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To: Adams

Nice Land of the Lost imagry. However, in context of this article, it was the Sleestack, and not the Paku, who had culturally devolved.


15 posted on 06/08/2009 9:46:44 PM PDT by dsrtsage (One half of all people have below average IQ...In the US the number is 54%)
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To: GodGunsGuts

So archeo-lingusitics and genetic studies *CAN* be used to establish elements of a people’s history. I’m amazed!!


16 posted on 06/09/2009 3:36:18 AM PDT by Natufian (The mesolithic wasn't so bad, was it?)
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To: GodGunsGuts
cool article.
Thank you for the ping!
17 posted on 06/09/2009 6:03:21 AM PDT by woollyone (I believe God created me- you believe you're related to monkeys. Of course I laughed at you!)
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To: SunkenCiv

Did you read the article? Sounds like reverse evolution to me.


18 posted on 06/09/2009 8:14:18 AM PDT by wildbill ( The reason you're so jealous is that the voices talk only to me.)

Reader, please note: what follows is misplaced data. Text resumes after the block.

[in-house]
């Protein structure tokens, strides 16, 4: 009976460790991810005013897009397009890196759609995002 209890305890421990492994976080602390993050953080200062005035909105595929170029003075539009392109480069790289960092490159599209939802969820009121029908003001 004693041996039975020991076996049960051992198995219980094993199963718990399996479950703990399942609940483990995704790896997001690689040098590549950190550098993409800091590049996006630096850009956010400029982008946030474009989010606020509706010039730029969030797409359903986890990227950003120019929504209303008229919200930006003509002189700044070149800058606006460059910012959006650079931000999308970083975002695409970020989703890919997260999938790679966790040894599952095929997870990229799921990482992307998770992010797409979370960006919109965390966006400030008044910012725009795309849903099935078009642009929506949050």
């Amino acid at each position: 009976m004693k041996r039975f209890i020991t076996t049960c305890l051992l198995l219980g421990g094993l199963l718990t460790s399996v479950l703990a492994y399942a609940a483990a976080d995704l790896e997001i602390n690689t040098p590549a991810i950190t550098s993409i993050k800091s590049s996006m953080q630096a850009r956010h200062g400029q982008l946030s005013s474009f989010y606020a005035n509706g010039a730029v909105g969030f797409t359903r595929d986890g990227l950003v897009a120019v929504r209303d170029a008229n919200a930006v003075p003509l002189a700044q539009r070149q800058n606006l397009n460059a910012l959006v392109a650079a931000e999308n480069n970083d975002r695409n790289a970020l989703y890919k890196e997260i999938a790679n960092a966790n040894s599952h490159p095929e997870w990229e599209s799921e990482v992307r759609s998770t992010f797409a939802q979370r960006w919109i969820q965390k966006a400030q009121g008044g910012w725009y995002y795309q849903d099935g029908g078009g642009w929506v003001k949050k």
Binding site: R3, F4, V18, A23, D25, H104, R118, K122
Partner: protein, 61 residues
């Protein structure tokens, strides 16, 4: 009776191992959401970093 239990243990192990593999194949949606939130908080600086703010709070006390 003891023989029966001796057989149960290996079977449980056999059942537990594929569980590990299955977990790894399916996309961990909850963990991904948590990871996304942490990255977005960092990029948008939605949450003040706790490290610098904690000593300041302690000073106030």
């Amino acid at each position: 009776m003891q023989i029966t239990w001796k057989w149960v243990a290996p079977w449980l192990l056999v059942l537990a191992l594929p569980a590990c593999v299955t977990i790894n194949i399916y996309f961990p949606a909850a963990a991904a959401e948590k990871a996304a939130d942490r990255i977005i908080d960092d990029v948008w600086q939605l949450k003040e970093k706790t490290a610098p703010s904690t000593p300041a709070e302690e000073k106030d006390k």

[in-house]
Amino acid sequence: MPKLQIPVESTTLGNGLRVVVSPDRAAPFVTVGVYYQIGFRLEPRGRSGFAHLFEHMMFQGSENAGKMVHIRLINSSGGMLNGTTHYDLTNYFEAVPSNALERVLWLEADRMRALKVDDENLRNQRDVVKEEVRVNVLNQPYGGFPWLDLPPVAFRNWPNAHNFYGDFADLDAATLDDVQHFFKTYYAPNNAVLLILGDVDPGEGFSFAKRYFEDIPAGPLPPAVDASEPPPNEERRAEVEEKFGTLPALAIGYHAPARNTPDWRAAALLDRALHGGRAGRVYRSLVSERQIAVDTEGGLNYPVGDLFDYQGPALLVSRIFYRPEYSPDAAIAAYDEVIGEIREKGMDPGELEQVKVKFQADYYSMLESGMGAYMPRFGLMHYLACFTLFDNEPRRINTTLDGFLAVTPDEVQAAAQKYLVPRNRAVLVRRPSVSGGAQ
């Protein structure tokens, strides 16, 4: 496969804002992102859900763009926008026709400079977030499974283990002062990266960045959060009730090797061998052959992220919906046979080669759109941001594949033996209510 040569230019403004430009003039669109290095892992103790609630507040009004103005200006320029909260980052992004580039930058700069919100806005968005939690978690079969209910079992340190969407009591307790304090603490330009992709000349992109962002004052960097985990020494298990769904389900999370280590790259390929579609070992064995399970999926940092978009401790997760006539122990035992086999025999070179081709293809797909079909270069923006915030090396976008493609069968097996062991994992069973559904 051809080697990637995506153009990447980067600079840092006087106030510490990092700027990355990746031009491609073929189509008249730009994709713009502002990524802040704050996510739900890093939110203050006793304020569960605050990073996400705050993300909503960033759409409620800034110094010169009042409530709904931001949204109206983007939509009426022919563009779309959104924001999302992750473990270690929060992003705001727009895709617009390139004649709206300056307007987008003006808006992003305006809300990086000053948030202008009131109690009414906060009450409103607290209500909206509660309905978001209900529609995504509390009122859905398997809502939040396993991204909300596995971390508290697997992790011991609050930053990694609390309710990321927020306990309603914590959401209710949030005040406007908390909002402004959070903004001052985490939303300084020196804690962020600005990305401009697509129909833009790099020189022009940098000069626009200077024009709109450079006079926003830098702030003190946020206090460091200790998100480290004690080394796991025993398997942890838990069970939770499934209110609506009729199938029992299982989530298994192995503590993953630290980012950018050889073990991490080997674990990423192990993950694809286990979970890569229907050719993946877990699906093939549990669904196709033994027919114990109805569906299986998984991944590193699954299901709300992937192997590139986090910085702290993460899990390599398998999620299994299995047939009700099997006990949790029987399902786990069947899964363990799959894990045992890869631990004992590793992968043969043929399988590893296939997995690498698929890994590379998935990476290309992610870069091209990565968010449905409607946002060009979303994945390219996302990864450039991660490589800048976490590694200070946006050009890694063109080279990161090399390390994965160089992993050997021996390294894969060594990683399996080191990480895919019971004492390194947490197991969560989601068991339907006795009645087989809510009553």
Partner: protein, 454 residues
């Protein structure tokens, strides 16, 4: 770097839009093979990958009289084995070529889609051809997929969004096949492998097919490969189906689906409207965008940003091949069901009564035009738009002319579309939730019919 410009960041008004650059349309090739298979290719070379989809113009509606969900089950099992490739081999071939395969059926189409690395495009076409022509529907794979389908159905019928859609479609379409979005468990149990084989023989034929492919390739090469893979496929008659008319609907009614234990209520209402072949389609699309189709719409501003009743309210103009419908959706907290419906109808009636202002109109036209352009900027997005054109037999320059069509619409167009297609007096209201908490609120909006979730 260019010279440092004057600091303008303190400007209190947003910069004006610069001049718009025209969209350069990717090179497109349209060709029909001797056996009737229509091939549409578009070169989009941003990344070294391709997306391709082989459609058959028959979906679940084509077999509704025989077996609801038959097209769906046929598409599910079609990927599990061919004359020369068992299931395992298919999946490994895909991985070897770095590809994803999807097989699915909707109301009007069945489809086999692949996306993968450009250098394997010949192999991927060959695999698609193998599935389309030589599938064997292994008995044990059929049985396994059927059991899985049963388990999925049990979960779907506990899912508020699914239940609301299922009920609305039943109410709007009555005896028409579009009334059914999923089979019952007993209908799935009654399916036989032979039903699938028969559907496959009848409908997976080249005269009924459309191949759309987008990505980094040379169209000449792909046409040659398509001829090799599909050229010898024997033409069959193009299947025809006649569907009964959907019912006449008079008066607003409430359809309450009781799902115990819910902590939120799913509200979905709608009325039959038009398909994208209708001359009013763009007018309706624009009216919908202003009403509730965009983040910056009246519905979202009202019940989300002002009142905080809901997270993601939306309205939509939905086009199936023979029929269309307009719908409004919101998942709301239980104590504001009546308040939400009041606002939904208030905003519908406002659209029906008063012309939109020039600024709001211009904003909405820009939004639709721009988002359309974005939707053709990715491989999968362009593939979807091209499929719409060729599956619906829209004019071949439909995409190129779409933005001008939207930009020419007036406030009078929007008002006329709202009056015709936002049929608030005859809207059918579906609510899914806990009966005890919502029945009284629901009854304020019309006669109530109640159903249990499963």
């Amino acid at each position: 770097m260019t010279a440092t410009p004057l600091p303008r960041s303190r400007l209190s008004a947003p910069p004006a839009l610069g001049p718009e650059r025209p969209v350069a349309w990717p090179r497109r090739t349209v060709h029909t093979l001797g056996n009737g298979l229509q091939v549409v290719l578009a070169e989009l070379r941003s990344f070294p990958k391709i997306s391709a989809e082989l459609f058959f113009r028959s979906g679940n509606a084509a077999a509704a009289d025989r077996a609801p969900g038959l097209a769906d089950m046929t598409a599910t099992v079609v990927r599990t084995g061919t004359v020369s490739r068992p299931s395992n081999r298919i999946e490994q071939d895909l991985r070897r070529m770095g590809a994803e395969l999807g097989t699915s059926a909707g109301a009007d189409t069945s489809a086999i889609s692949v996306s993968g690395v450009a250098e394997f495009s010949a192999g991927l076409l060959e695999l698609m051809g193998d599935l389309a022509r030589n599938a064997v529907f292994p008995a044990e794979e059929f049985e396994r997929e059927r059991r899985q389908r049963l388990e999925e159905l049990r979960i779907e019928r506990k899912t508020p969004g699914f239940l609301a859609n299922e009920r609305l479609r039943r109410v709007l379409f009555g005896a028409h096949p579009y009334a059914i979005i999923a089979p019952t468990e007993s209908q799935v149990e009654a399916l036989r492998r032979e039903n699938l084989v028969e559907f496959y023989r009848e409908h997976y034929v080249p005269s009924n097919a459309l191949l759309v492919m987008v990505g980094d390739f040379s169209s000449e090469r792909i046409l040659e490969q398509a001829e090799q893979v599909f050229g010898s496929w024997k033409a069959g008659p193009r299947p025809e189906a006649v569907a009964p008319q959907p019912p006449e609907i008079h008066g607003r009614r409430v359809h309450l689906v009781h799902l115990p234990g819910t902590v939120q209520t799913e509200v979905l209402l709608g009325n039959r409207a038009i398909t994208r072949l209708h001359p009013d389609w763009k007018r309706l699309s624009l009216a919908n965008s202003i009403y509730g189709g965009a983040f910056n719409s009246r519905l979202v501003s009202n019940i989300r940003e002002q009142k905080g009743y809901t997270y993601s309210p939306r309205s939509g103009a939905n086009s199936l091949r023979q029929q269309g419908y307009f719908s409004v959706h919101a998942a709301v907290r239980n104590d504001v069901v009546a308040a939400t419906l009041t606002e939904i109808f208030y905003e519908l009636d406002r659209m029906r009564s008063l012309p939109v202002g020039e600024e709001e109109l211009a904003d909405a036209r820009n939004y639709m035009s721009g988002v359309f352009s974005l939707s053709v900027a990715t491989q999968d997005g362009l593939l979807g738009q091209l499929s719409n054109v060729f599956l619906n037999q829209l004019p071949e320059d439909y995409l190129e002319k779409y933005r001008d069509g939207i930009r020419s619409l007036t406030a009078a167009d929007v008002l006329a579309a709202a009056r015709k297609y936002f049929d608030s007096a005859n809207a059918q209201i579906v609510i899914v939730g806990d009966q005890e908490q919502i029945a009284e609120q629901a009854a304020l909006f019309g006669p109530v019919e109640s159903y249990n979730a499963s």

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To: GodGunsGuts

Ooooooo.....so they found a small society derived from a few cast-offs of another society....and these cast-offs have a different type of society.....and that means something to someone?

What it means to me is that you have a bunch of farmers.....who cast off a couple onto a raft down a river.....and these 2 people couldn’t farm for themselves because as any farm family knows.....you need more than 2 kids with no equipment to do the farming.

......so these couple of kids got food the way they could and eventually founded a small clan of 300 that practice the same behaviors as their 500-800 years ago ancestors did.

That sure means something.


19 posted on 06/09/2009 10:01:39 AM PDT by ElectricStrawberry (27th Infantry Regiment....cut in half during the Clinton years...)
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To: GodGunsGuts

Interesting article.

I suppose the descendents of the original two also married outside of the tribe. Otherwise, their descendents (now 300) would be highly inbred.